January 27, 2012
Just returned from the languages conference at Brookfield school in Hampshire – it was a pleasure to meet with so many of you today. As promised, I’ve uploaded the slides from my keynote address about motivation.
In the workshop sessions I talked about using the Olympic values and authentic resources; I’ve also produced a document with links to useful sites to do with the Olympics.
If you are interested in using the 2010 Vancouver Winter Olympics song J’imagine just be aware that this Youtube video has some spelling mistakes in the French; however, the images that accompany it are quite striking. If you do a Google search for the song + paroles or lyrics there may also be some mistakes!! The French lyrics on this video are more or less correct (although I did spot at least one typo) and it also has the English translation (albeit with one or two mistranslations!). Of course you could always challenge the learners to spot the mistakes……
The living graph exercise we looked at was based on the life of Rick Hansen, a Canadian paralympian; this site is in both French and English. His biography also features on Wikipedia in both English and German. A Living graph or Fortune line is one of a number of thinking skills strategies, along with Collective memory, which are described in more detail in the National strategies publication Leading in Learning.
The bits of text about Omega watches in the “triggered” slide came from Wikipedia; if you are looking for text in another language, just look at the “other languages” section on the left hand side…
The Senegalese athlete, Amadou Dia Bâ, talking about his experience of the Olympics came from the Parole citoyenne website; if you put “olympique” into the “recherche” box there are some more interesting articles on this website. As I mentioned in the workshop the problems facing African athletes, such as the Congolese swimmers, can be an interesting starting point when thinking about equality (of opportunity) and determination, two of the Olympic values.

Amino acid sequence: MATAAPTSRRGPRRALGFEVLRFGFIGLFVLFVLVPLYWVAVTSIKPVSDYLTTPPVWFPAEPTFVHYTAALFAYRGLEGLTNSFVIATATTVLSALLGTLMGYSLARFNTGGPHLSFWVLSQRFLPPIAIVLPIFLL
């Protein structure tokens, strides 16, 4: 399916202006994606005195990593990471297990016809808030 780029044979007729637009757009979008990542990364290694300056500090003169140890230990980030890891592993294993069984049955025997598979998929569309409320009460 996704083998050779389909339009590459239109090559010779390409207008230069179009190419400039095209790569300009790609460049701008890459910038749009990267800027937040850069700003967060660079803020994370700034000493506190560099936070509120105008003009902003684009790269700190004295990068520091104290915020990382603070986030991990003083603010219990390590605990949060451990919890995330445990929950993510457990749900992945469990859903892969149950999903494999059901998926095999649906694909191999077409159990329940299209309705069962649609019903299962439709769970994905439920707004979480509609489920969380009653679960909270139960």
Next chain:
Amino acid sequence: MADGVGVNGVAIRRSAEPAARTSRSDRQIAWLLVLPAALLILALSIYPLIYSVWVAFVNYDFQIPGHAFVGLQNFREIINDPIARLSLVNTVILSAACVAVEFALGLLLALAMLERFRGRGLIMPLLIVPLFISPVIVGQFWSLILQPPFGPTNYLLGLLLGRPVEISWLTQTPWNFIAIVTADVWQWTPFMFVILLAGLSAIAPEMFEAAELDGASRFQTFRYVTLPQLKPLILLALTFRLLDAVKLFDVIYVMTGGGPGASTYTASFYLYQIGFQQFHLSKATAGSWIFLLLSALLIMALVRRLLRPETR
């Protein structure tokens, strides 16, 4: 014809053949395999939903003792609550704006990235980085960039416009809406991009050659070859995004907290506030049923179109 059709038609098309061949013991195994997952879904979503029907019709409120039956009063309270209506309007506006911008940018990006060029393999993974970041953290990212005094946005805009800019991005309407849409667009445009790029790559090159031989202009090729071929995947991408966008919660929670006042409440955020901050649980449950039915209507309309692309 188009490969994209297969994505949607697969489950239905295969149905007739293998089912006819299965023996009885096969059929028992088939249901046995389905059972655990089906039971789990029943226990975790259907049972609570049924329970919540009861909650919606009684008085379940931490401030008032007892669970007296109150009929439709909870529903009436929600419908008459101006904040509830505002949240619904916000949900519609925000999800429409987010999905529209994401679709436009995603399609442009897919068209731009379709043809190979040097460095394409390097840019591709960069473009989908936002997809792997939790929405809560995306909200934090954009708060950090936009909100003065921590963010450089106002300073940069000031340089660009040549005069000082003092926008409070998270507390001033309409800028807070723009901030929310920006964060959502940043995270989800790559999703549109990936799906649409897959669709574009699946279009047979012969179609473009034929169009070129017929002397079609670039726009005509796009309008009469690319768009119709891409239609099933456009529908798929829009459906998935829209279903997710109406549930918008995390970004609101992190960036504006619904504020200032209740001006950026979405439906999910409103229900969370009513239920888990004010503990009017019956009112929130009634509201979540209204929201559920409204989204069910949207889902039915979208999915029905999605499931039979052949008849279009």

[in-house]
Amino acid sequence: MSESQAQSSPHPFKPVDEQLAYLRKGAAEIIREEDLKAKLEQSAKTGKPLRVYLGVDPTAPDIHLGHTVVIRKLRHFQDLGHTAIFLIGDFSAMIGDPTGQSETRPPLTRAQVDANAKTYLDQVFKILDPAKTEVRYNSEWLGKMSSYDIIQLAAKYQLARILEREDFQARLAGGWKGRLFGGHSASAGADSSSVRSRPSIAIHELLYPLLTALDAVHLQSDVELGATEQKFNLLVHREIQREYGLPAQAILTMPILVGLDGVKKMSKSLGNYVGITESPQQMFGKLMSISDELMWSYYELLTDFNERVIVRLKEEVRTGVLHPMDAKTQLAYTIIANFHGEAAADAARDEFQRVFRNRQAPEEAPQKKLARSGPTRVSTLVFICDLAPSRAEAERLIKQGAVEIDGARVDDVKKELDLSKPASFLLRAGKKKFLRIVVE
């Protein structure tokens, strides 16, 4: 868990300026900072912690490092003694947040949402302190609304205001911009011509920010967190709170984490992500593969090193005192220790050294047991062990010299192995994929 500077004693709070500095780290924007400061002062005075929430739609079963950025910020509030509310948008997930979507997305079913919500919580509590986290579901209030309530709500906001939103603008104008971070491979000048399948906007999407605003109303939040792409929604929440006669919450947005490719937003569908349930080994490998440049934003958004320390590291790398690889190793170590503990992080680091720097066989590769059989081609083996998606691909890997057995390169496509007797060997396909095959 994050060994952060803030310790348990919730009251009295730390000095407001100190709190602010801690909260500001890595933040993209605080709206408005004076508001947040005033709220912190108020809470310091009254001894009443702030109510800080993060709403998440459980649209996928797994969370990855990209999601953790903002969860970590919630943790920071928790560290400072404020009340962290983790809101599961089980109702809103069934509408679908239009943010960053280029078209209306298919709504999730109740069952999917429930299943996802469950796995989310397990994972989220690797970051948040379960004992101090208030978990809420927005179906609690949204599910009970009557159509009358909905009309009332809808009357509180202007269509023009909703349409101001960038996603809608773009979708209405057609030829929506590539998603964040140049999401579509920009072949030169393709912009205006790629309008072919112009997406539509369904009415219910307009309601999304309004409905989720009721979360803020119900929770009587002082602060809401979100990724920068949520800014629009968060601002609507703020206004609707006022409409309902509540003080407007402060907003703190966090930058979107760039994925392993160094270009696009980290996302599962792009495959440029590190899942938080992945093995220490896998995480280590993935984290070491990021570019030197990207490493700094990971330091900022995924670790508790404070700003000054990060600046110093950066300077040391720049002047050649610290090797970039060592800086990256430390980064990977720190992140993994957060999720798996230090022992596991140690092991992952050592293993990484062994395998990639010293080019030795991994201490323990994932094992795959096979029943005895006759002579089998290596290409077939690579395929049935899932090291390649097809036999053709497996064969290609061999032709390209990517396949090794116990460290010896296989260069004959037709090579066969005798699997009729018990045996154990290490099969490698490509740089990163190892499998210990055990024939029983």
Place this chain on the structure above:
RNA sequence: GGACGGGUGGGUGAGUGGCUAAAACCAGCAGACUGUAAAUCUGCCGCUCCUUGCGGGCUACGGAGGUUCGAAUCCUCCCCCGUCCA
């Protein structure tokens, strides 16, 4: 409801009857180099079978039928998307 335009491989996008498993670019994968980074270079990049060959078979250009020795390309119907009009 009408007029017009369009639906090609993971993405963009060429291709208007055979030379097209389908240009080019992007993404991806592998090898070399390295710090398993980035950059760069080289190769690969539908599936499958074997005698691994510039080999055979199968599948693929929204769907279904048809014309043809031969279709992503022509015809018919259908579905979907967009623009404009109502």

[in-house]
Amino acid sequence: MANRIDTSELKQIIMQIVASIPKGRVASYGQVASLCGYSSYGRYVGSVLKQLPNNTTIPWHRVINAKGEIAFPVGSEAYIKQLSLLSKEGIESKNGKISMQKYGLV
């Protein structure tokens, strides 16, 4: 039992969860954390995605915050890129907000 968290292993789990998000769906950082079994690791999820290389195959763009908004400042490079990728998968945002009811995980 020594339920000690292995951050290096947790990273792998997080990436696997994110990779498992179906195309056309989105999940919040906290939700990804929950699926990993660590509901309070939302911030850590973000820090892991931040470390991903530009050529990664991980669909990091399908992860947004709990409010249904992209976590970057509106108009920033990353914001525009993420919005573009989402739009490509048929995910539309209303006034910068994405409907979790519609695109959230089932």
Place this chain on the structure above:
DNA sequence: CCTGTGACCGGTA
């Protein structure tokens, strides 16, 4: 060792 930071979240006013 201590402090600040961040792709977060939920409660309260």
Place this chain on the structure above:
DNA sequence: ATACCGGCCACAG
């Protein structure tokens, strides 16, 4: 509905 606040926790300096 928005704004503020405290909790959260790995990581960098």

We also talked about using Wordles and how to use Audacity to slow down an audio file.
January 25, 2012
I often find that listening is a skill that many of my learners find difficult, often because they find the speed of what is spoken is simply too fast. They become so fixated with not being able to understand that they switch off and give up. This is particularly an issue when using authentic resources. Recently I’ve been using Audacity to slow audio files down to make them more accessible, then once the learners are happy with the slower speed and can understand what is being said, they can have a go at listening to the files at the normal speed.
It’s incredibly easy to use the “effects” menu in Audacity to “change speed”, decreasing by anything between 10 and 20% (or more if you want it to be really slow). The only thing to remember is also to “change pitch” increasing by the same percentage amount.
These are some simple instructions:
January 16, 2012
Chinese New Year (春节 Chūn Jié or Spring Festival) is almost upon us – Monday January 23rd. This year is the year of the dragon (龙年 lóngnián), the fifth animal of the Chinese zodiac.
I was looking for a suitable video of the story to show the pupils in my Mandarin club and came across this version in English which is attractively illustrated.
I also found a song about the animals of the Chinese zodiac (十二生肖歌 shí’èrshēngxiào gē). It has a catchy refrain in which the Chinese for the animals of the zodiac are repeated in order – useful for fixing this in the mind! This version is in pinyin and is relatively easy to follow, although the last word doesn’t match with what is sung. This other version is slower, has images of the animals and the meaning of the song, but otherwise is just in characters, so not so suitable on its own for my KS3 club. However, I’ve done a transcription in characters and pinyin for use with beginners.